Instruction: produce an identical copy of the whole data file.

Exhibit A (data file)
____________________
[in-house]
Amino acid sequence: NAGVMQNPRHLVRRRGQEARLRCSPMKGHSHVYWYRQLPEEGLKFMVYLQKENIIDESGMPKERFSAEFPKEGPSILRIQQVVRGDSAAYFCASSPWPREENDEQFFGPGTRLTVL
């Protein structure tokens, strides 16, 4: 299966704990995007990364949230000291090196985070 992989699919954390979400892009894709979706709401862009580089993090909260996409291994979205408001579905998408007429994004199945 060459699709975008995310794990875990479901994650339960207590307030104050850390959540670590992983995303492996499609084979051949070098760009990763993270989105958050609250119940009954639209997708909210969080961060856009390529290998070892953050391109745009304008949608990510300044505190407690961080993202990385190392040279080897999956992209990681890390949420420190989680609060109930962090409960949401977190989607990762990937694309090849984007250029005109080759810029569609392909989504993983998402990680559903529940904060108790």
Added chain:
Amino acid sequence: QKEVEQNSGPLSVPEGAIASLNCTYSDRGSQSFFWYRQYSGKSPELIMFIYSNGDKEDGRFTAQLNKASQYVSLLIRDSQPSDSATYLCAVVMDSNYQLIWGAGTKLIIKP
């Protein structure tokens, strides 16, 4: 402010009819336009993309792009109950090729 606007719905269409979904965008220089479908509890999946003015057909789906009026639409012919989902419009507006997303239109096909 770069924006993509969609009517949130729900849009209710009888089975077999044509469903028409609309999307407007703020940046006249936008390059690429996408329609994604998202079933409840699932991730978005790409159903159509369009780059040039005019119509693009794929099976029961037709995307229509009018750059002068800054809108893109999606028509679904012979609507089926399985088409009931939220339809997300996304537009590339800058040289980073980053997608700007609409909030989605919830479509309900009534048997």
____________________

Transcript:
[in-house]
Amino acid sequence: NAGVMQNPRHLVRRRGQEARLRCSPMKGHSHVYWYRQLPEEGLKFMVYLQKENIIDESGMPKERFSAEFPKEGPSILRIQQVVRGDSAAYFCASSPWPREENDEQFFGPGTRLTVL
């Protein structure tokens, strides 16, 4: 299966704990995007990364949230000291090196985070 992989699919954390979400892009894709979706709401862009580089993090909260996409291994979205408001579905998408007429994004199945 060459699709975008995310794990875990479901994650339960207590307030104050850390959540670590992983995303492996499609084979051949070098760009990763993270989105958050609250119940009954639209997708909210969080961060856009390529290998070892953050391109745009304008949608990510300044505190407690961080993202990385190392040279080897999956992209990681890390949420420190989680609060109930962090409960949401977190989607990762990937694309090849984007250029005109080759810029569609392909989504993983998402990680559903529940904060108790």
Added chain:
Amino acid sequence: QKEVEQNSGPLSVPEGAIASLNCTYSDRGSQSFFWYRQYSGKSPELIMFIYSNGDKEDGRFTAQLNKASQYVSLLIRDSQPSDSATYLCAVVMDSNYQLIWGAGTKLIIKP
């Protein structure tokens, strides 16, 4: 402010009819336009993309792009109950090729 606007719905269409979904965008220089479908509890999946003015057909789906009026639409012919989902419009507006997303239109096909 770069924006993509969609009517949130729900849009209710009888089975077999044509469903028409609309999307407007703020940046006249936008390059690429996408329609994604998202079933409840699932991730978005790409159903159509369009780059040039005019119509693009794929099976029961037709995307229509009018750059002068800054809108893109999606028509679904012979609507089926399985088409009931939220339809997300996304537009590339800058040289980073980053997608700007609409909030989605919830479509309900009534048997």